I don’t usually read the Telegraph, but somebody showed me a story in it on Friday, and one thing led to another.
First up we had the news that Scott Kelly is no longer the identical twin to his brother. That’s quite intriguing, isn’t it? Scott spent 340 days on the ISS, and returned to find that 7% of his genes had mutated so they no longer match those of his hitherto identical sibling. He’s also biologically older.
We’ve known for a longer time that long space flights can cause, among other things, loss of muscle mass and decalcification of the bones, but this was a real surprise. There’s some babble about cytokines and proteins and stuff being stressed by increased inflammation, nutrient shifts, and oxygen deprivation, but nobody before had established the genetic changes that result.
Anybody signing up for Elon Musk’s trip to Mars in 2020? Include me out.
Two brain stories now, though the first one suggests a complete absence of grey matter. A woman in China went on a long distance train journey to Guangzhou* from central Hunan province. For the whole journey she was looking at her mobile phone. Twenty hours is a long time, no?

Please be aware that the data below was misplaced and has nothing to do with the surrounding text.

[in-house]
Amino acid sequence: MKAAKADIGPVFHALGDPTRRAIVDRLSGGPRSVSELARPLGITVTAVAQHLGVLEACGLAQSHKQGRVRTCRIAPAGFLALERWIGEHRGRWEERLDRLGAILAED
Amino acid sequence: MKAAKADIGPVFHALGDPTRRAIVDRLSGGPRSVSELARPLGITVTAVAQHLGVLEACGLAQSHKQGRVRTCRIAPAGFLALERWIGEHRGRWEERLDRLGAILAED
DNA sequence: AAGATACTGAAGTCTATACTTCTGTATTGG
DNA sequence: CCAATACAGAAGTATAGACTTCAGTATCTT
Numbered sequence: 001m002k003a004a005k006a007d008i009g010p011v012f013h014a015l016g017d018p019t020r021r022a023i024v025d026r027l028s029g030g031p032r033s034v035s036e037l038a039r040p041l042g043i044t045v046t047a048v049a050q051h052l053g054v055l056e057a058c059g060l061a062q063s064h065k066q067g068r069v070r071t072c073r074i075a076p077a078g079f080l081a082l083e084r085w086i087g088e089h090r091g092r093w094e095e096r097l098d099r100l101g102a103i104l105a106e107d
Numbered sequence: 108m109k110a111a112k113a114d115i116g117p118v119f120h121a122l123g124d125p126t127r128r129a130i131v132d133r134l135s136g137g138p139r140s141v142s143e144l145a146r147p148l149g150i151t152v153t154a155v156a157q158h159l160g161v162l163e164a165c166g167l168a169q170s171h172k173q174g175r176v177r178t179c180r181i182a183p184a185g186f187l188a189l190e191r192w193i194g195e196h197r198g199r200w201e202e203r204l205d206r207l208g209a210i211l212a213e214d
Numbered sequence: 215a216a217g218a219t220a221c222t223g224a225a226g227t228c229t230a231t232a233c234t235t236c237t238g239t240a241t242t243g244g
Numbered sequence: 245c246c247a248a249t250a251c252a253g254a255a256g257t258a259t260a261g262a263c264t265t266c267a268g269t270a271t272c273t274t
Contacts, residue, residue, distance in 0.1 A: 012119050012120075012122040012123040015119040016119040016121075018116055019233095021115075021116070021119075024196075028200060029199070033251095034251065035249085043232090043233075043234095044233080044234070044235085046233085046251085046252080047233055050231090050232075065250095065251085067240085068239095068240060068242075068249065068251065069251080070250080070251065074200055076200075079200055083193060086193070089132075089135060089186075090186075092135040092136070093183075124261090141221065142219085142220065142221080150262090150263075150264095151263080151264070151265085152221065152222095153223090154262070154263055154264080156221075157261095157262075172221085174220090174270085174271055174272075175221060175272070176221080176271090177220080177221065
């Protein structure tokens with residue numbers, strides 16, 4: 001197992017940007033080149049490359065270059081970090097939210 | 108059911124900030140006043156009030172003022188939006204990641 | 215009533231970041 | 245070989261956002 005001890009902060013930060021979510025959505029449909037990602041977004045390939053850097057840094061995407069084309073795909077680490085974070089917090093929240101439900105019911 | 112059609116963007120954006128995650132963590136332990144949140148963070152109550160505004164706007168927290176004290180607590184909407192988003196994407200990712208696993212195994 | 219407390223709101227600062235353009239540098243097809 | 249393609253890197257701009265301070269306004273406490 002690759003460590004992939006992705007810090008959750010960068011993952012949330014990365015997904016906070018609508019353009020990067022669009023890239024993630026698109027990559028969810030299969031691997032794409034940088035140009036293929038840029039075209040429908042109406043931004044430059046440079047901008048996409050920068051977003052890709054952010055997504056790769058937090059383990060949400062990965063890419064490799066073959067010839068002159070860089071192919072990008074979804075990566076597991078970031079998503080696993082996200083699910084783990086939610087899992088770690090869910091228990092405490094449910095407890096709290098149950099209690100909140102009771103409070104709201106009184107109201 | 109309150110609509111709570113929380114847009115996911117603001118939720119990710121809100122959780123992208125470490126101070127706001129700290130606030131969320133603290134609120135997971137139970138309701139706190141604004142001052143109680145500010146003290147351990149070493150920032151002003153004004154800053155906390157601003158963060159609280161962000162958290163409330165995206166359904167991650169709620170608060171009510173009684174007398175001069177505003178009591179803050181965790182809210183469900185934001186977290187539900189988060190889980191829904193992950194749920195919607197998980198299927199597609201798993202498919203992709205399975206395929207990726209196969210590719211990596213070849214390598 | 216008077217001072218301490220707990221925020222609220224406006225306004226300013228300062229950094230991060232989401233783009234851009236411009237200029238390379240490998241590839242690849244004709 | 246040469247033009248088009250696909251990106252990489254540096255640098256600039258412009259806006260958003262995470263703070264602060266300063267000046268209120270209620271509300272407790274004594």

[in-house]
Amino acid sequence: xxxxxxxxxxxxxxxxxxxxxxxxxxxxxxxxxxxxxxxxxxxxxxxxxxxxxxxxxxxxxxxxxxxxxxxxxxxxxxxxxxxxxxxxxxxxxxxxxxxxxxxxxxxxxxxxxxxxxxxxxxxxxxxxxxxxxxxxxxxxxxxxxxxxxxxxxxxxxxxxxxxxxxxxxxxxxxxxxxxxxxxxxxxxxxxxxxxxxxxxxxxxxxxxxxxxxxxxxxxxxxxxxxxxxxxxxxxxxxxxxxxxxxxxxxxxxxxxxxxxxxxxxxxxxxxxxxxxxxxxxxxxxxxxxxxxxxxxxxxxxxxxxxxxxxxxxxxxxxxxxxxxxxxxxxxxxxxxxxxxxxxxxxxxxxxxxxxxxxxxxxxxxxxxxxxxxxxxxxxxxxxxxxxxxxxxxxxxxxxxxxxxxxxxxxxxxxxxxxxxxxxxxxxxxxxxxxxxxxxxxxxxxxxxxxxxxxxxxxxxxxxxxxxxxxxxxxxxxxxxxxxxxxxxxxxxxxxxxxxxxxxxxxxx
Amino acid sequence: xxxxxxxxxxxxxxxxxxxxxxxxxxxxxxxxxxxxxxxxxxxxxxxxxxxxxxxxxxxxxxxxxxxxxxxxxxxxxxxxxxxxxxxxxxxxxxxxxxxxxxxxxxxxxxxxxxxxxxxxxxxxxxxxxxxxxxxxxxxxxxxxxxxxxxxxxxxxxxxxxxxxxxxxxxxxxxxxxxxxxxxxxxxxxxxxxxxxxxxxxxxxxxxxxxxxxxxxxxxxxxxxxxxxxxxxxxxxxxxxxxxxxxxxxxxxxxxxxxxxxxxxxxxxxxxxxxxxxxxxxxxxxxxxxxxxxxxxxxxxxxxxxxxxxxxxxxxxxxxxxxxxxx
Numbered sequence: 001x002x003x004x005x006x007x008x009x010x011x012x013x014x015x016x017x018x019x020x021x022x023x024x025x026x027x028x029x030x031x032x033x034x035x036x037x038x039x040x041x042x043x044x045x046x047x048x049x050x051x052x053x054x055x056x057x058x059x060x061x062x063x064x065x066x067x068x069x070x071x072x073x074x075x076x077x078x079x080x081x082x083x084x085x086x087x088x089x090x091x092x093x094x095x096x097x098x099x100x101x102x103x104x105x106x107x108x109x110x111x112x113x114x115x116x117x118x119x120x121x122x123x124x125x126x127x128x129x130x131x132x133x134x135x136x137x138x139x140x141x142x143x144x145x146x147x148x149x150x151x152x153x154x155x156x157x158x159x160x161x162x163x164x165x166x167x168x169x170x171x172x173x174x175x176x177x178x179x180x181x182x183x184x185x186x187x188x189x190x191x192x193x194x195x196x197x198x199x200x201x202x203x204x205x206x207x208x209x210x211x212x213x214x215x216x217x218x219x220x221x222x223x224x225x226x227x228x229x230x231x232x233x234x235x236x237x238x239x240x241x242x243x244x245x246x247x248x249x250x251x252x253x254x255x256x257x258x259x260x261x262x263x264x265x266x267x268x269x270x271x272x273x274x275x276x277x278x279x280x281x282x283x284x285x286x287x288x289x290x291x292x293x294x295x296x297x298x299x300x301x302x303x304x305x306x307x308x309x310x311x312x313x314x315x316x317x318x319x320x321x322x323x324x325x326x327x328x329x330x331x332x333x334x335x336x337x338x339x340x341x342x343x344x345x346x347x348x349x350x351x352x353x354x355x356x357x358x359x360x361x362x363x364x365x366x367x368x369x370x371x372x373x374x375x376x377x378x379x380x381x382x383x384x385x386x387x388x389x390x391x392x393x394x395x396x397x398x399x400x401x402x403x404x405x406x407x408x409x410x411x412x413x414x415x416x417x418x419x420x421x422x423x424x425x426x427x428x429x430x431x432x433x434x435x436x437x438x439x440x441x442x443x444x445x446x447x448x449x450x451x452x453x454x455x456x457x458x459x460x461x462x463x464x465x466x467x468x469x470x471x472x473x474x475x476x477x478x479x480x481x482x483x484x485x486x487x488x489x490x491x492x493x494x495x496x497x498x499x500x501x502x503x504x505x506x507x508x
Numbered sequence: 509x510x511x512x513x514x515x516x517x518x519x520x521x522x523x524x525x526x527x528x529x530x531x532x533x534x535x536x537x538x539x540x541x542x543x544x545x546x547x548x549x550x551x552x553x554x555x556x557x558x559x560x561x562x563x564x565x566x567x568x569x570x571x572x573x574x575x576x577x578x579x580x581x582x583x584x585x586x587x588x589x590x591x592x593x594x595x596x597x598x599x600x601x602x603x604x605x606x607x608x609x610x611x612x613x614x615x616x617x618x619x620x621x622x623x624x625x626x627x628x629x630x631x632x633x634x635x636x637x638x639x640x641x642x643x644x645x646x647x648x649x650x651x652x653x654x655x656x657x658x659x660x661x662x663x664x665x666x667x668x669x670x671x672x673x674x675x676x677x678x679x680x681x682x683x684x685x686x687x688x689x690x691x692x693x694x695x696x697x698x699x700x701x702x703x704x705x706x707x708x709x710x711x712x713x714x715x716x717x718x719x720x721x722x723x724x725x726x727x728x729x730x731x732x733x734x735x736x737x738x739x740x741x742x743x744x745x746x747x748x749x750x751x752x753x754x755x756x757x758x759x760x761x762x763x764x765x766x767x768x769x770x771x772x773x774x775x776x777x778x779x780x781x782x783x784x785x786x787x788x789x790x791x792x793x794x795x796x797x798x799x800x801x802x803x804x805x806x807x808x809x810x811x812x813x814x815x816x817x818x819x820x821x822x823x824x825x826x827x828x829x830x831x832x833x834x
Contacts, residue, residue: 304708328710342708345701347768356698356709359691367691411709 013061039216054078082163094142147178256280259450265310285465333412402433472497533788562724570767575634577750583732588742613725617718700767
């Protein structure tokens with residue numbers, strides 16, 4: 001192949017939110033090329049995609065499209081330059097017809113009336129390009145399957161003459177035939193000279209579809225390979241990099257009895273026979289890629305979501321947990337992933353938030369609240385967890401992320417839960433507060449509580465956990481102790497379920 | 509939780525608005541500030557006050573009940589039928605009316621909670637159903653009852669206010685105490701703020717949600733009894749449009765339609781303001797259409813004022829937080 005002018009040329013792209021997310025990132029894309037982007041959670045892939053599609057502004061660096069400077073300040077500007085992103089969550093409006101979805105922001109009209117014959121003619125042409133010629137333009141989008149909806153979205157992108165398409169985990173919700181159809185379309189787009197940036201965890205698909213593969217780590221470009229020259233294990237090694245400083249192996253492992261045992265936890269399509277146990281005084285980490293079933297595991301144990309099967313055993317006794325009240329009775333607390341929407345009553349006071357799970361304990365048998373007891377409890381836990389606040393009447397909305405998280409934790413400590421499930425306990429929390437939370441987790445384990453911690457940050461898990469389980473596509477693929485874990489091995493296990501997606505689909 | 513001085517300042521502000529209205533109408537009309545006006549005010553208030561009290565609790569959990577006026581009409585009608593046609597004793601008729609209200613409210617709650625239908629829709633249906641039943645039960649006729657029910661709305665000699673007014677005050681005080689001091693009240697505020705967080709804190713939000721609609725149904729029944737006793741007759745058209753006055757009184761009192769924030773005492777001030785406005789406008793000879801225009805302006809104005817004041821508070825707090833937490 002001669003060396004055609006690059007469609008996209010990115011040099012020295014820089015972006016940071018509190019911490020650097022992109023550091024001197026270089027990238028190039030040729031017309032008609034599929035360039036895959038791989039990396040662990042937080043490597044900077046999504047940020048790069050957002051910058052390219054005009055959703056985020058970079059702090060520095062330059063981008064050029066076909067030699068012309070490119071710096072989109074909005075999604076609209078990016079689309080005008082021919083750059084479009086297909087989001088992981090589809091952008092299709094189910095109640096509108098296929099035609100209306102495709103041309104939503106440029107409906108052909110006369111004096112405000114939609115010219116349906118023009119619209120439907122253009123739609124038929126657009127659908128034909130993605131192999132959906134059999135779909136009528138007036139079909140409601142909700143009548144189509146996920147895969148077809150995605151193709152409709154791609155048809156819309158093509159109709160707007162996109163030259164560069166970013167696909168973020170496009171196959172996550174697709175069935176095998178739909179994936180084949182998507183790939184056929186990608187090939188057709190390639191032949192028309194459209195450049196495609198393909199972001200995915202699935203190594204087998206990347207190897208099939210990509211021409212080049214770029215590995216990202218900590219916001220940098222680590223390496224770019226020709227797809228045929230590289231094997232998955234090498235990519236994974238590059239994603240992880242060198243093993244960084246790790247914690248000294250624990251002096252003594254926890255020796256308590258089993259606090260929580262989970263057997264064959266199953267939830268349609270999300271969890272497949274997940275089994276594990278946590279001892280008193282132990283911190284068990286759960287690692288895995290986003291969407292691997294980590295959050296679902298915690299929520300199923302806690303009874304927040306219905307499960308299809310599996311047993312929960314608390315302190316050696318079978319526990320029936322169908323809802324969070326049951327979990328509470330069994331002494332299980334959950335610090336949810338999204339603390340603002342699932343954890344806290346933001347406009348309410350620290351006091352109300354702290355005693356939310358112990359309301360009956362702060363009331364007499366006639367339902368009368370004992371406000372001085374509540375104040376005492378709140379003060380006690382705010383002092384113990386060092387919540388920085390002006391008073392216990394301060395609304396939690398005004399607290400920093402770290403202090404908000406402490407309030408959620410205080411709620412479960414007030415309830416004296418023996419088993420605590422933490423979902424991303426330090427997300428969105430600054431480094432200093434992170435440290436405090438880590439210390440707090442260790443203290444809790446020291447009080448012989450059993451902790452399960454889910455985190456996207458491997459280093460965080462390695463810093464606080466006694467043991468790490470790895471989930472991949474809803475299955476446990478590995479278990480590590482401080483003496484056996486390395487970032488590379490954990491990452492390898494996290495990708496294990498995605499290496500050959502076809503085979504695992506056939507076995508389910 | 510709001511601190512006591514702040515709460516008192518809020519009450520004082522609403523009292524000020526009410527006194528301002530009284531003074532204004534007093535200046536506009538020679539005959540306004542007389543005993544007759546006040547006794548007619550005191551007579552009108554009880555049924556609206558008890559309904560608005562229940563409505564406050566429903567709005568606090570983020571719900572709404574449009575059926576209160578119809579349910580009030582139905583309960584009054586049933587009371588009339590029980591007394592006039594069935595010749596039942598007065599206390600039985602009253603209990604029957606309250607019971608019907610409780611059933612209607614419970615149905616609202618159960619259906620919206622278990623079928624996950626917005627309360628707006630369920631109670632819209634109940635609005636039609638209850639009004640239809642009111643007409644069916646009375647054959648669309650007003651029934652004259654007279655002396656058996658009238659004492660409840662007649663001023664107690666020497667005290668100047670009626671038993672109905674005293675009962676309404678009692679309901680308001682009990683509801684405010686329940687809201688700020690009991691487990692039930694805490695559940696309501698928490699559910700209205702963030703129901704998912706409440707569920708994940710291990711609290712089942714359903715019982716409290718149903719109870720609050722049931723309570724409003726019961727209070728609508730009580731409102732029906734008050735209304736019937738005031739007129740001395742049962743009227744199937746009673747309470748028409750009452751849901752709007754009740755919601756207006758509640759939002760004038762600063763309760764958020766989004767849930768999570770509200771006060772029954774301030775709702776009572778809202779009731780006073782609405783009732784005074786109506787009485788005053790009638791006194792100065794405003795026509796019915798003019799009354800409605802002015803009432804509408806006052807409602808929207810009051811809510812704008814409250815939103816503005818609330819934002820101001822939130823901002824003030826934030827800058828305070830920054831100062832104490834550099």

On arrival, she was having difficulty moving one side of her body, and could barely speak. She had blood clots on her brain and needed emergency surgery. The quacks concluded that the problem was caused by her lack of mobility and holding her head inclined to the right for all that time. At least it’s not a ‘mobile phones cause cancer’ story.
Best bit is a news agency photograph of her recovering in hospital. She’s on her phone. Darwin Award is in the post.
Apparently there are special cells in the human brain that fire off in a synchronised connected way when we’re moving. They help us to form an internal map so we can find our way back. As we get older this internal Google Maps app deteriorates, and we get lost more easily.
I’ve always been pretty adept at finding my way about, and most people can navigate a new town, for example, pretty damned quick. On the other hand, I know lots of teens and twenties who don’t have a sodding clue where they are without access to GPS.
They’re a bit like Scott Kelly. Old before their time.
We used to call it Canton. I liked it when I was there yonks ago.